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Design & Construction Information for Nico

Index:
|> Body Design
|> Leg Design
|> Weight Considerations
|> Controller Board
|> Distributed Nervous System-like Control
|> Parts & Costs

Nico has been designed to be easily extended and eminently hackable. The following describes the basic design plan for this project.

Nico (circa June 2002)
[Nico with longer legs]
(photo courtesy of Dennis L. Clark)

<| Body Design

The body is a basic rectangle with legs mounted at the 4 corners. The upper and lower decks were cut out of two 4.5" x 6.375" [114 x 161 mm] copper-clad pcbs purchased from Radio Shack [p/n 276-1499]. These pcbs are actually a bit too short for Nico's current design, but are ok for the final design - which will have a separate shoulder rotation carrier at the front.

The copper-clad pcbs were used mainly because they were sitting in a box in the shop - they also give Nico a cool, shiny metallic finish. Isopropyl alcohol worked fine for cleaning fingerprints off the copper. Plastic or aluminum could also be used for the decks, although aluminum would probably add extra weight. Plexiglass thick enough to resist flexing would probably also be on the heavy side. Regular 1/16" [un-drilled] fiber board could probably be used, but the copper cladding adds significant strength. Pre-drilled fiber board would be too fragile.

The overall frame with servos mounted is quite rigid. The 4 in-board servos are simply mounted between the upper and lower decks. More accurately, they are the vertical structural members of the frame. Right-angle brackets connect the servos and decks. 12 drilled holes in each pcb are all that is necessary to assemble the entire unit. Complete fabrication took only one afternoon.

In the current design, the battery pack for the servos resides inside the frame in-between the front and back set of servos, which is why the pcbs are slightly too short. Since the front servos extend slightly beyond the end of the pcbs, a left-over piece of pcb was used to form a front bracket to hold the servos rigid. This also gives Nico the semblance of having eyes in the front. The battery pack holds 4-5 NiMH rechargeable AA batteries, providing 4.8 - 6.0 vdc when fully-charged. In order to lengthen operating time between charges, there is also an arrangement to mount a second battery pack on the under-belly of the frame beneath the inside pack. A 9v battery is used to power the controller board here.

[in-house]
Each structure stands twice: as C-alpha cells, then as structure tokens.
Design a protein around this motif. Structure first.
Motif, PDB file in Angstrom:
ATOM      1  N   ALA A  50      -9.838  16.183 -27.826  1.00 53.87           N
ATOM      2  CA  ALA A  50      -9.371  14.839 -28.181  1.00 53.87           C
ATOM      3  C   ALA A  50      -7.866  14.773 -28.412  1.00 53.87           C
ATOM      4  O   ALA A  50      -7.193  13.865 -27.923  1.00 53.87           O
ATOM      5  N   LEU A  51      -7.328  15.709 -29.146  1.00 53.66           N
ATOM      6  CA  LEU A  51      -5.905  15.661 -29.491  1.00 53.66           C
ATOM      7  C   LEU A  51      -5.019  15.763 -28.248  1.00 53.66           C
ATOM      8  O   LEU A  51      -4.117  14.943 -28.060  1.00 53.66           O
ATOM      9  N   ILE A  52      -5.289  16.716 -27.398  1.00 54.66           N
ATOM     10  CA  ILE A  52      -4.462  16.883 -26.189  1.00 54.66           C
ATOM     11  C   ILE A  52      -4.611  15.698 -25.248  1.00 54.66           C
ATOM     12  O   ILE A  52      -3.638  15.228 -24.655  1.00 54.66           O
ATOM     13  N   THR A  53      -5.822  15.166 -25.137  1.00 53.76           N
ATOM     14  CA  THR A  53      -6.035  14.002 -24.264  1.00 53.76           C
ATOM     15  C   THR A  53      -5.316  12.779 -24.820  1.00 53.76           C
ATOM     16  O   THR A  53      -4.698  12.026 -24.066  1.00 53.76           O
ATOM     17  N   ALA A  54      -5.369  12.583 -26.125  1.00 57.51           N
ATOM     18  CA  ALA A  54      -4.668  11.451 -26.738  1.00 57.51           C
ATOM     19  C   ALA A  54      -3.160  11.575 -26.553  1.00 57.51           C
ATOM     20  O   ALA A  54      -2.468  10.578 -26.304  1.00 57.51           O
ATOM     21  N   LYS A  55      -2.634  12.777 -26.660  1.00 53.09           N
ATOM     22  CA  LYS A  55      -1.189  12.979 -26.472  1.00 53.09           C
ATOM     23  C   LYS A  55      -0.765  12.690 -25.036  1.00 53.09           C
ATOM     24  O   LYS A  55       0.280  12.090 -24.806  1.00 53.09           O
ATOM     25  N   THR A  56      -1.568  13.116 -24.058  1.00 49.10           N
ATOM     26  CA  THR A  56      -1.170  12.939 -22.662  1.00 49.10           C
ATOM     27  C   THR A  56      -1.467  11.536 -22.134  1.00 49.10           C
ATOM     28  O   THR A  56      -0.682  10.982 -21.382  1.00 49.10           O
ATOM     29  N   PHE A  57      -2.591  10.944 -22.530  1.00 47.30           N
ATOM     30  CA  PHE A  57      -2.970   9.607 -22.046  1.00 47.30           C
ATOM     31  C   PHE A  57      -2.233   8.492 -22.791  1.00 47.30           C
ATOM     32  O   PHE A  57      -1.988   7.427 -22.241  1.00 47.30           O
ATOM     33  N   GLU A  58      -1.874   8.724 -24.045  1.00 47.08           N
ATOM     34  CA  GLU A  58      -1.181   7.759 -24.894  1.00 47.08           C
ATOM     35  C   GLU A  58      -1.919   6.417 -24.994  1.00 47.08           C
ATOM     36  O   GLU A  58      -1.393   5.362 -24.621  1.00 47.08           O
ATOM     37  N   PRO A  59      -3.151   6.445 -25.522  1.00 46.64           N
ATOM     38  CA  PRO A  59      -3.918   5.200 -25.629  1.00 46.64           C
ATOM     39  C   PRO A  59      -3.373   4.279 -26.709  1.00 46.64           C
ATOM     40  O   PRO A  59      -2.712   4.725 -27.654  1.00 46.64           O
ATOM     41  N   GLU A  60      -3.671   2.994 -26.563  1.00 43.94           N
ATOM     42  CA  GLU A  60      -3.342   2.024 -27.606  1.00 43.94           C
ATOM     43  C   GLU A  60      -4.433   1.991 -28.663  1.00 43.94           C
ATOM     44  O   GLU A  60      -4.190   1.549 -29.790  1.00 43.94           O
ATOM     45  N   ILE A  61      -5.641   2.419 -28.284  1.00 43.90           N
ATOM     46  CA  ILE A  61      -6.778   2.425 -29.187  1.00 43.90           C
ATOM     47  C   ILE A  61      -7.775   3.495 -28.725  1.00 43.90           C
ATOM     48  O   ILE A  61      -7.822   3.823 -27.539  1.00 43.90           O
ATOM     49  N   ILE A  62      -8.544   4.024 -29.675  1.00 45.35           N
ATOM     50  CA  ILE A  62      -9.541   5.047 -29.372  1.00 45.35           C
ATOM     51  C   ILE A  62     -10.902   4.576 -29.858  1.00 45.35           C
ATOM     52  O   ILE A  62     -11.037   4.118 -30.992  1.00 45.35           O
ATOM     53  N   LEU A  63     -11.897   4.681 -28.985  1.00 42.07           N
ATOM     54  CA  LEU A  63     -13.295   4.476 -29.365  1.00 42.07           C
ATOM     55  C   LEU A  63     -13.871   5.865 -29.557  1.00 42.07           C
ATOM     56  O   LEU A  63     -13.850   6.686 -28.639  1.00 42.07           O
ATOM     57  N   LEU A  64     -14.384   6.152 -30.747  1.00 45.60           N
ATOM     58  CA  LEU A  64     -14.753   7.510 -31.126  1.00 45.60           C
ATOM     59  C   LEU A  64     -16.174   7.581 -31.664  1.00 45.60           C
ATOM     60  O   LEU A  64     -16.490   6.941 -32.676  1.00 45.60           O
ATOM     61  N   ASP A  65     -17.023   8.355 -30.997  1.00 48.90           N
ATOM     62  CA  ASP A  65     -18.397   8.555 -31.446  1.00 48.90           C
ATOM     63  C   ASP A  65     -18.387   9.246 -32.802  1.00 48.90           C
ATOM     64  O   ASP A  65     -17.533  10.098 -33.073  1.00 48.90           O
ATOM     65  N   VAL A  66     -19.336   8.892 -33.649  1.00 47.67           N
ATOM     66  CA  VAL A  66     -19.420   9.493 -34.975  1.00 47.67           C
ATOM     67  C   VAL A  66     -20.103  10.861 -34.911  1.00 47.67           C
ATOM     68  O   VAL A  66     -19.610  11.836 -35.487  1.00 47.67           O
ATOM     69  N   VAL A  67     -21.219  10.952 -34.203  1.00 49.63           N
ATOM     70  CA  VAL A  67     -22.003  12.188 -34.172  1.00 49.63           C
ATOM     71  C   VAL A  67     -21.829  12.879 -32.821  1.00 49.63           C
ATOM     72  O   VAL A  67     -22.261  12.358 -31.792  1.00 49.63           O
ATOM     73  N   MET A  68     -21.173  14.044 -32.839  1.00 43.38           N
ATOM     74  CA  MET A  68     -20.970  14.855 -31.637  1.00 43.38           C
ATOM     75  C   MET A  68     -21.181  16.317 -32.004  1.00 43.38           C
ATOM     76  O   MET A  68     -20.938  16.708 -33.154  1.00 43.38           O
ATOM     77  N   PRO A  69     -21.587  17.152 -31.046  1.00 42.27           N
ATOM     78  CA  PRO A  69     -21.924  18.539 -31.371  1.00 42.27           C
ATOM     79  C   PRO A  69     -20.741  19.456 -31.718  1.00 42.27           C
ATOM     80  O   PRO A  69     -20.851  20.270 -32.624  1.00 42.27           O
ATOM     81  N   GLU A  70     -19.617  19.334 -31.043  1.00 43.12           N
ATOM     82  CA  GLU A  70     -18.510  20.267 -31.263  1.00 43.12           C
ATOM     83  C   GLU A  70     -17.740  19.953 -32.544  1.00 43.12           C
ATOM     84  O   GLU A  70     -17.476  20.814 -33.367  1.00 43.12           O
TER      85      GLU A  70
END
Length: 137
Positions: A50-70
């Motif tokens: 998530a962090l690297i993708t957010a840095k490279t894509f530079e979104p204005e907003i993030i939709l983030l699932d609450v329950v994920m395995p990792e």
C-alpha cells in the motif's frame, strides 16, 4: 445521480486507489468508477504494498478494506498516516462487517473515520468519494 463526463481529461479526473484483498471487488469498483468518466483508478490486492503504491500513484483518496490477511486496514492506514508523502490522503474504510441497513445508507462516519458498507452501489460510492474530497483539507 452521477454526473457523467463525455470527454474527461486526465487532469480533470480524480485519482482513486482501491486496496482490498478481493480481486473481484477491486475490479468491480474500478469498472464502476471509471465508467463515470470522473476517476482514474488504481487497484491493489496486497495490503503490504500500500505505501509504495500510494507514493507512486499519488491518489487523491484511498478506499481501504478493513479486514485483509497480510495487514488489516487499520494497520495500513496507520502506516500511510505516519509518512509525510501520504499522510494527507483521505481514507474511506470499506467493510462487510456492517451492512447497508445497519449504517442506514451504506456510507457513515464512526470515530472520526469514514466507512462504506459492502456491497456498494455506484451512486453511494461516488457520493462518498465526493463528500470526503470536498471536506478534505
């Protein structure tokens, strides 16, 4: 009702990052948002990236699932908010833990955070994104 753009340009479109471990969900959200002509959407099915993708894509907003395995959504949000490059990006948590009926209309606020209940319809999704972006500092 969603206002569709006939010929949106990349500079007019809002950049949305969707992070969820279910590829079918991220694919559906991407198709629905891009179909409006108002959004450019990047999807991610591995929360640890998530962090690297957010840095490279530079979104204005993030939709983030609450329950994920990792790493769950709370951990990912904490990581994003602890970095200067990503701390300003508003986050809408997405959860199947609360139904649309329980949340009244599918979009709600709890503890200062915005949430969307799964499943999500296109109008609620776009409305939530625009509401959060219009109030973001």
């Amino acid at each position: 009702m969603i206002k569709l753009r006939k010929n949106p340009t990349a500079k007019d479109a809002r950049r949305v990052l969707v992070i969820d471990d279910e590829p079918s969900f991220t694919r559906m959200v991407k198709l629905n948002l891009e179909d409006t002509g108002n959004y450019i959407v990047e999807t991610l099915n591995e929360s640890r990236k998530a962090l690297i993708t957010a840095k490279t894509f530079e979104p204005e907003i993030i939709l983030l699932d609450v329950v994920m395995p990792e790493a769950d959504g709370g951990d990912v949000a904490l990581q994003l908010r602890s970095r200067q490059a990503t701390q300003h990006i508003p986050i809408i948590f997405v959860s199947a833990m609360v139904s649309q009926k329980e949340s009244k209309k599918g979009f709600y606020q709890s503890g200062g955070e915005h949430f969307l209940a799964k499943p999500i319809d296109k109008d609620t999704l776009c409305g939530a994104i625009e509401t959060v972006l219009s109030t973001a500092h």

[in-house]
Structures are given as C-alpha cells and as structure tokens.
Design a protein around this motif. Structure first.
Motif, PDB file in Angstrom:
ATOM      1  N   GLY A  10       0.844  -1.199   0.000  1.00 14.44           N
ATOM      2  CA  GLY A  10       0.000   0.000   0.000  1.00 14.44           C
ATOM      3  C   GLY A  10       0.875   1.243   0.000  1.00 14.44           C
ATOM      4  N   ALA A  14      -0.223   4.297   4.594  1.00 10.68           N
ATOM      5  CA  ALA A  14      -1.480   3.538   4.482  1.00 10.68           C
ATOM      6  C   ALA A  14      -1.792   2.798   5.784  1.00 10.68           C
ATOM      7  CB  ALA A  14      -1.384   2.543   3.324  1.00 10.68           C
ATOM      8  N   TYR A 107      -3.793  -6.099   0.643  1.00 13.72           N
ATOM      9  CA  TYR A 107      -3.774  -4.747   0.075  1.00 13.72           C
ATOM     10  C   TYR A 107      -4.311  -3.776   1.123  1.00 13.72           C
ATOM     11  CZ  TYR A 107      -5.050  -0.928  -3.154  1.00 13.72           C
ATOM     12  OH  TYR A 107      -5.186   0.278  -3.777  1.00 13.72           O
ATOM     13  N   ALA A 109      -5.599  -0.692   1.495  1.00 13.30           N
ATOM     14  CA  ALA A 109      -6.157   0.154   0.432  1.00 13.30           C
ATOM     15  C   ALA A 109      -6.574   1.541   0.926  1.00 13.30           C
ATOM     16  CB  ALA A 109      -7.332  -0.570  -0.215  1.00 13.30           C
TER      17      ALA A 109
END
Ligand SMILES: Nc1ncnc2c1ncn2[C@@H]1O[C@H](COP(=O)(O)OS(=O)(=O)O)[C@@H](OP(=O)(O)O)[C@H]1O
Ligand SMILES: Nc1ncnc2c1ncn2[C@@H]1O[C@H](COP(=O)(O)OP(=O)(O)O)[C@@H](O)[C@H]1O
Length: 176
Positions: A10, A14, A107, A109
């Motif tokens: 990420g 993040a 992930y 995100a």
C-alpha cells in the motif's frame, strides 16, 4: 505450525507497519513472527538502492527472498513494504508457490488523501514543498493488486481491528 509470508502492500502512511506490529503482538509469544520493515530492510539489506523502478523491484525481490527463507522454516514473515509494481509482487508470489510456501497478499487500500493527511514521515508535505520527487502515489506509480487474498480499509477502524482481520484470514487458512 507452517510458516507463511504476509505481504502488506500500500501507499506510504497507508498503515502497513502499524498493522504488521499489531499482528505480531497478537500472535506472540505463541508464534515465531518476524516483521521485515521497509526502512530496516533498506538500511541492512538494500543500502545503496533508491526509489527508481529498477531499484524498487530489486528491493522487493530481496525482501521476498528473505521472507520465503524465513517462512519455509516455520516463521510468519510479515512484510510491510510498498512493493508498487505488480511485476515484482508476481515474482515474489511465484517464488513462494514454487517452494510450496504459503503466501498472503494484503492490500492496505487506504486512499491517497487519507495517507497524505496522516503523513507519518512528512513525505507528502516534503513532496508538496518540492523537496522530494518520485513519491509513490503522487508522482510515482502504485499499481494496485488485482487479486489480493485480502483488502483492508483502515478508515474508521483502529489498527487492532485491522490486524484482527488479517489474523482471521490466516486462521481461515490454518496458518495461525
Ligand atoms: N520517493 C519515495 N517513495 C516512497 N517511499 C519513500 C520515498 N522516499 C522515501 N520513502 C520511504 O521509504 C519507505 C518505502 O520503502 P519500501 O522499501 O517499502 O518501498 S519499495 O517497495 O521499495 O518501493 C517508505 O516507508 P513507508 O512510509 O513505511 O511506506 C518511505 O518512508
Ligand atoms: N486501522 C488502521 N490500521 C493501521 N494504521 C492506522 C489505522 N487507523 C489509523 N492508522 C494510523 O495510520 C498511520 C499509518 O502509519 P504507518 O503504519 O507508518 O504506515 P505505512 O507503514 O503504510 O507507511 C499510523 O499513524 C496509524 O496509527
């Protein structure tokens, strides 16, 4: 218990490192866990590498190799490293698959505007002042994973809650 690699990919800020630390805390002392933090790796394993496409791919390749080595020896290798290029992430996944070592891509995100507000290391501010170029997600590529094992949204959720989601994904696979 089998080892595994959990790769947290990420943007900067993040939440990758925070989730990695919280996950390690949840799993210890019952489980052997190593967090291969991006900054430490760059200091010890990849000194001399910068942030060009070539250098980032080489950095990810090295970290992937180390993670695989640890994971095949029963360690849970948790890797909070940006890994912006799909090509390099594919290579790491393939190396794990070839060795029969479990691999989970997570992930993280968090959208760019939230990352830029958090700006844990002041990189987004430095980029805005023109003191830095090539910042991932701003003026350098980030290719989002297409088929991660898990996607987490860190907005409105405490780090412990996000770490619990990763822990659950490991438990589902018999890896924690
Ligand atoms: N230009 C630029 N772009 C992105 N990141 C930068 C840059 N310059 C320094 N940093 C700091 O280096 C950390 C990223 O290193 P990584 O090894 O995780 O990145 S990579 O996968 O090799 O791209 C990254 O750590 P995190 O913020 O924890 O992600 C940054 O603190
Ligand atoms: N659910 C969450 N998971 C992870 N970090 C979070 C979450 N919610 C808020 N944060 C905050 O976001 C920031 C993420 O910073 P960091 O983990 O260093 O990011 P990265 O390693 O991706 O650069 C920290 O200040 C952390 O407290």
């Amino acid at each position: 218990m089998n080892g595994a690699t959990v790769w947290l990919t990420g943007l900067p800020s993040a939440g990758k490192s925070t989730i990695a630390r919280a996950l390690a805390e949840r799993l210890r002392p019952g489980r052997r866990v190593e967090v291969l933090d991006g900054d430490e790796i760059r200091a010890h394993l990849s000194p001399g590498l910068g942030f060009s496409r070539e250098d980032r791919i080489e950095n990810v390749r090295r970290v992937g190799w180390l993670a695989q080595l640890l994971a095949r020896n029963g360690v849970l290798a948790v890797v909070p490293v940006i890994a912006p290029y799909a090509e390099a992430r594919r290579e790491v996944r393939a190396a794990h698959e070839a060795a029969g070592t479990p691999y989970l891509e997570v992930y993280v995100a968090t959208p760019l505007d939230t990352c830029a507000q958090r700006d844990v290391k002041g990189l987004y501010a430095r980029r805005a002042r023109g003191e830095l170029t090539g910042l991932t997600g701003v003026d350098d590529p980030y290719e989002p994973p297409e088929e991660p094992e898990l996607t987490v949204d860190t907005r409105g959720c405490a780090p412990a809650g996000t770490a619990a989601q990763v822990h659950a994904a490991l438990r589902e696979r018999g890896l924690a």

<| Leg Design

Each leg has 2 DOFs [degrees of freedom]. The front leg has shoulder and elbow joints, while the back has hip and knee joints. The legs are designed to give mirror-image movements, based upon natural animal movements.

8 standard R/C servos provide locomotion. These are Cirrus CS-71 ball-bearing Standard Pro servos with Futaba J-connectors. They are 1.55"x1.40"x0.79", and provide 44 oz-in of torgue at 6 vdc. Since the weight of the unit is borne directly by the servo shafts, we chose servos with dual ball-bearings, expecting them to hold up better than less expensive units with simple bushings. Eventually a ninth servo will be added for controlling body angulation during turns. At that time, the upper and lower decks will be shortened, and a rotating carrier for the 2 front servos will be mounted to the front of the frame. The ninth servo will operate this carrier.

The 4 out-board servos are mounted to the horns of the in-board servos using nylon ties. In order to get correct leg movements, it was necessary to first position the in-board servos to their proper angles before the horns were locked on. The lower leg segments, at present, are simply #2 lead pencils connected to the horns of the out-board servos using small #4 metal hose clamps. The erasers provide a modicum of traction on slippery surfaces. In addition, the patterns of wear are useful for evaluating asymmetries during development of various gaits - similar to analysis of shoe bottom wear in humans. Eventually the pencil legs will be replaced by something more sophisticated, with touch sensors to signal when the ground or other objects are detected.


<| Weight Considerations

Measured Weights (using USPS scale):

  • 1 ea NiMH AA cell: 1 oz.
  • 1 ea CS-71 BB servo (44 oz-in torque): 1.4 oz.
  • Nico frame and controller board (minus servos & batteries): 9.1 oz.